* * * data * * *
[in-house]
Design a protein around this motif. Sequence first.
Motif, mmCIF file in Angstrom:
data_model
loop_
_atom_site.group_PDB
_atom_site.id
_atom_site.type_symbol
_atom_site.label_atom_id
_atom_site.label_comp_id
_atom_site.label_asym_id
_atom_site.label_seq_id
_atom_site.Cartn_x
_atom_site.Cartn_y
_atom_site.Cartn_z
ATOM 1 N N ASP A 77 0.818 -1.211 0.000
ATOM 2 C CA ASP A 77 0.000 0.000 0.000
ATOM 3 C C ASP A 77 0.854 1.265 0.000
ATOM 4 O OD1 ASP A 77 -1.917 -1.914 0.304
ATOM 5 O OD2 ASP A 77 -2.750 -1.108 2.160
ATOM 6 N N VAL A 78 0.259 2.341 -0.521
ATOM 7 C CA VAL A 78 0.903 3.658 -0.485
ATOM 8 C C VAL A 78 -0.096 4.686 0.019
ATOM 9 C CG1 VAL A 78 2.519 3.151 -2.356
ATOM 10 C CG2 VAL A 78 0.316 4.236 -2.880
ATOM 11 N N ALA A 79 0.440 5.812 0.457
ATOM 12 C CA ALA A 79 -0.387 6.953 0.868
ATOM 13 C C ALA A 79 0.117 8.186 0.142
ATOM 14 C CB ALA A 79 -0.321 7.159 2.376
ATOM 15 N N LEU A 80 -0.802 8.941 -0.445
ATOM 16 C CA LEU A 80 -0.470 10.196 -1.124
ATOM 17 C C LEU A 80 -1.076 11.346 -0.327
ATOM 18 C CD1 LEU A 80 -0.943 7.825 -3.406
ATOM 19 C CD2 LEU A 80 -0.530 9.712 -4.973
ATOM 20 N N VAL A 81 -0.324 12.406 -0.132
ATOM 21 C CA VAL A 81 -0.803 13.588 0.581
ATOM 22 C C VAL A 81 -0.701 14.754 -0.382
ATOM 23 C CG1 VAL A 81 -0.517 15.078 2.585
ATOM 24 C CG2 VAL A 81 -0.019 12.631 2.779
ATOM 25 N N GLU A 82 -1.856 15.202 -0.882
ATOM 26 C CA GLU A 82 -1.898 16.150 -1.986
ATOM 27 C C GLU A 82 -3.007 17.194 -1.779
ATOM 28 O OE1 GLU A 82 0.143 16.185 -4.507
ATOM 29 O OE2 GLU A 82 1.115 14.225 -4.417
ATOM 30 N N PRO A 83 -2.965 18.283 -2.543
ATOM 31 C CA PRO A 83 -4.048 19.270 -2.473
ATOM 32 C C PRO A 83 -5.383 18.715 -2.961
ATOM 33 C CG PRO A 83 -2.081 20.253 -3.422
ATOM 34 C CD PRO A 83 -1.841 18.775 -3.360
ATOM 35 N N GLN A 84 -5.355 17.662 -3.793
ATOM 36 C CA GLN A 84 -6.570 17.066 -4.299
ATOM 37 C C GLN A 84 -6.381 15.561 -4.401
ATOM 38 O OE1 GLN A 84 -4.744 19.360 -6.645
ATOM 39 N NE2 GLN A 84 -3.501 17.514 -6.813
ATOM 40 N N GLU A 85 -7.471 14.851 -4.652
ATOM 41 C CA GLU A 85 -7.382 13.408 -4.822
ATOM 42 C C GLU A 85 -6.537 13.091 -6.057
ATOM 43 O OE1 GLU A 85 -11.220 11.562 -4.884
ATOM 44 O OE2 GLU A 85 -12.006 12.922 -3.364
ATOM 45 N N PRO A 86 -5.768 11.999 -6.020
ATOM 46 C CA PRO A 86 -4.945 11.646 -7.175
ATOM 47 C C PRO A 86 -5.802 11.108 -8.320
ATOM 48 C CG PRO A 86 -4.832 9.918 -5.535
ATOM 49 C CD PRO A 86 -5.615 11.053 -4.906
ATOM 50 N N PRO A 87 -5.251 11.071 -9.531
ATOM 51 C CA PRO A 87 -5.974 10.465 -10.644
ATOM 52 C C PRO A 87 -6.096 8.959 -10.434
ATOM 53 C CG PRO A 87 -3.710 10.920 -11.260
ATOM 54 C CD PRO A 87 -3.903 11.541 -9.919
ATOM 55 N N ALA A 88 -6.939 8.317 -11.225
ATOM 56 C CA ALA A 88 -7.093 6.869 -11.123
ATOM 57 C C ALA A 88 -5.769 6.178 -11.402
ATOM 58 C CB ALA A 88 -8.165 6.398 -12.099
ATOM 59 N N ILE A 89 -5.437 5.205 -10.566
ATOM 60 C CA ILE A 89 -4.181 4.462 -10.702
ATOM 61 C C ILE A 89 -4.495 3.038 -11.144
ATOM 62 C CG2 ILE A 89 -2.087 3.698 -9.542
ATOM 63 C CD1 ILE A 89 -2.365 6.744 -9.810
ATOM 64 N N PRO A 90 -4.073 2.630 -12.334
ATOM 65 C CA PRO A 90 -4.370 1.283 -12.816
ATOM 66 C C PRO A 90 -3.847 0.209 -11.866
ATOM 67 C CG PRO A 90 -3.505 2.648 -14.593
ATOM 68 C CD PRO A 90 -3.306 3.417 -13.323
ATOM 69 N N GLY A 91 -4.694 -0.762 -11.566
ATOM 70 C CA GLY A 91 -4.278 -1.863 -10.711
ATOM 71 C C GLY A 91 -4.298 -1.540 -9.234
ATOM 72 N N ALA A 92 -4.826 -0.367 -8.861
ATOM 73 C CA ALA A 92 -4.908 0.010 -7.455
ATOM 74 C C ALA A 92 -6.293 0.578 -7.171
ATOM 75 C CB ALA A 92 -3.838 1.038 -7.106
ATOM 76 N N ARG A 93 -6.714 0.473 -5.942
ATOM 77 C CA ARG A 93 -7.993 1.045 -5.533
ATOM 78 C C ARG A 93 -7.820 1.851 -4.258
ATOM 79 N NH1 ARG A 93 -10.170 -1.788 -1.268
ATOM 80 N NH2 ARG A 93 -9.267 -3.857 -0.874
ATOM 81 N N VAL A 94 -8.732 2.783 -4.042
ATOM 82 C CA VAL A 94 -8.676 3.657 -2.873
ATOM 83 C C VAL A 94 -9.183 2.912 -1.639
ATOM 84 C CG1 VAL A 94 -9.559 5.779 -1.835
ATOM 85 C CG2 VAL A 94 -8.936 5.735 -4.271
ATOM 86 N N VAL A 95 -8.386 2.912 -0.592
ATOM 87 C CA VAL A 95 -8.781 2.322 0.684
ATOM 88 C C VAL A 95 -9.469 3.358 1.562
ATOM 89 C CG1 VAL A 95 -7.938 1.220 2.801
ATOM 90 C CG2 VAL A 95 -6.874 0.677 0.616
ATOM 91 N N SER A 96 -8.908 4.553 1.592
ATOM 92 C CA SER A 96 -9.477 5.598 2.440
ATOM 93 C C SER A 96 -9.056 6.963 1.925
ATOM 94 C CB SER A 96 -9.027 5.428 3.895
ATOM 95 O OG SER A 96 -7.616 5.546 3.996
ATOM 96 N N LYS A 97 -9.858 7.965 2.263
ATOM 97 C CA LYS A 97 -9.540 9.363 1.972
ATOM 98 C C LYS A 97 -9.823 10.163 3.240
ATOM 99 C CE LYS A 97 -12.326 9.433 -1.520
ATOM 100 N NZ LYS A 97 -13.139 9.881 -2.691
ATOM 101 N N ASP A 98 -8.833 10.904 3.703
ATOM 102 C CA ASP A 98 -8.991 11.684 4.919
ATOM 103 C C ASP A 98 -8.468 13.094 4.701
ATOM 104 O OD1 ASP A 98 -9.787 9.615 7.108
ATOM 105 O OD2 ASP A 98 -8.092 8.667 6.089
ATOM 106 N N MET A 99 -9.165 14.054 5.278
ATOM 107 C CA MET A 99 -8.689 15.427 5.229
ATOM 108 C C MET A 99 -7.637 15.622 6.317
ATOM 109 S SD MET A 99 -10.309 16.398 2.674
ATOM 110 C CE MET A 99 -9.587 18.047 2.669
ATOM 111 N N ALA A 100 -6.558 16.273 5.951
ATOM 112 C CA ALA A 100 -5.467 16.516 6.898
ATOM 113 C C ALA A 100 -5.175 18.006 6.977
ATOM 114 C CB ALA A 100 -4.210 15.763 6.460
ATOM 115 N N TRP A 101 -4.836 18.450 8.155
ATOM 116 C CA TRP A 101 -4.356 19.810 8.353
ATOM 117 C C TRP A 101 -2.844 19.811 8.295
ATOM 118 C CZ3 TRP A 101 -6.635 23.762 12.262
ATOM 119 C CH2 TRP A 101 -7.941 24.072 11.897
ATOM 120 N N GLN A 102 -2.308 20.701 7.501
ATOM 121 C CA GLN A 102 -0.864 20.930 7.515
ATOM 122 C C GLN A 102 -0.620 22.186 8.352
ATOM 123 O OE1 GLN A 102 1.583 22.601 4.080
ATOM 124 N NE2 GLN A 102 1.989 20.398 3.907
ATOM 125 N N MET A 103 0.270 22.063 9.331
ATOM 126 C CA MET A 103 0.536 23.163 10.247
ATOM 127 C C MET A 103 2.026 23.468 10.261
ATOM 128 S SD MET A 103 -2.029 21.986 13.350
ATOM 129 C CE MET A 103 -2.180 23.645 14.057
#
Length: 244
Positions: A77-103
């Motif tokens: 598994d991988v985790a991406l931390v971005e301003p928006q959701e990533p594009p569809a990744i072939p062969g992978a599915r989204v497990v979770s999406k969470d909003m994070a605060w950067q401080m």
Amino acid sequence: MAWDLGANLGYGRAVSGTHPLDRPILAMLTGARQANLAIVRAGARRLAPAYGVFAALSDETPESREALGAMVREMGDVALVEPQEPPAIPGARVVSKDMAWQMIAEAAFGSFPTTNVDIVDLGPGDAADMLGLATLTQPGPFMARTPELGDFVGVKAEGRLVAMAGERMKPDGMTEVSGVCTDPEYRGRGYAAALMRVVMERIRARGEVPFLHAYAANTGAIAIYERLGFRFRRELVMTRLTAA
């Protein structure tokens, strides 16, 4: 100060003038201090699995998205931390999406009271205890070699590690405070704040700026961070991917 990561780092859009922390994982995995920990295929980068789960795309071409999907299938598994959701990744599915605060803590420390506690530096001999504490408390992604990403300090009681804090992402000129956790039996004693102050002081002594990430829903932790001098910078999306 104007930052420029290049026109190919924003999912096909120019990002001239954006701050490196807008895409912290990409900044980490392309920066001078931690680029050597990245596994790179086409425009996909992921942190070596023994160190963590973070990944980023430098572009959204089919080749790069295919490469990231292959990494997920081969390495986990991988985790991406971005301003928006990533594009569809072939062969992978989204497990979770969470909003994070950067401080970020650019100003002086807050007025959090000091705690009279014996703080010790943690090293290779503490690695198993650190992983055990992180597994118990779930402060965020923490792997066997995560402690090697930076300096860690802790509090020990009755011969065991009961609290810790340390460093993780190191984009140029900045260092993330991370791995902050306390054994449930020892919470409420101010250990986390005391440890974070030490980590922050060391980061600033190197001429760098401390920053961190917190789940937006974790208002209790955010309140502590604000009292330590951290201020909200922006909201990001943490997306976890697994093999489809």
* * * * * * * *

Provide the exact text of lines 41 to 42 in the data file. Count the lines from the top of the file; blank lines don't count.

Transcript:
ATOM 26 C CA GLU A 82 -1.898 16.150 -1.986
ATOM 27 C C GLU A 82 -3.007 17.194 -1.779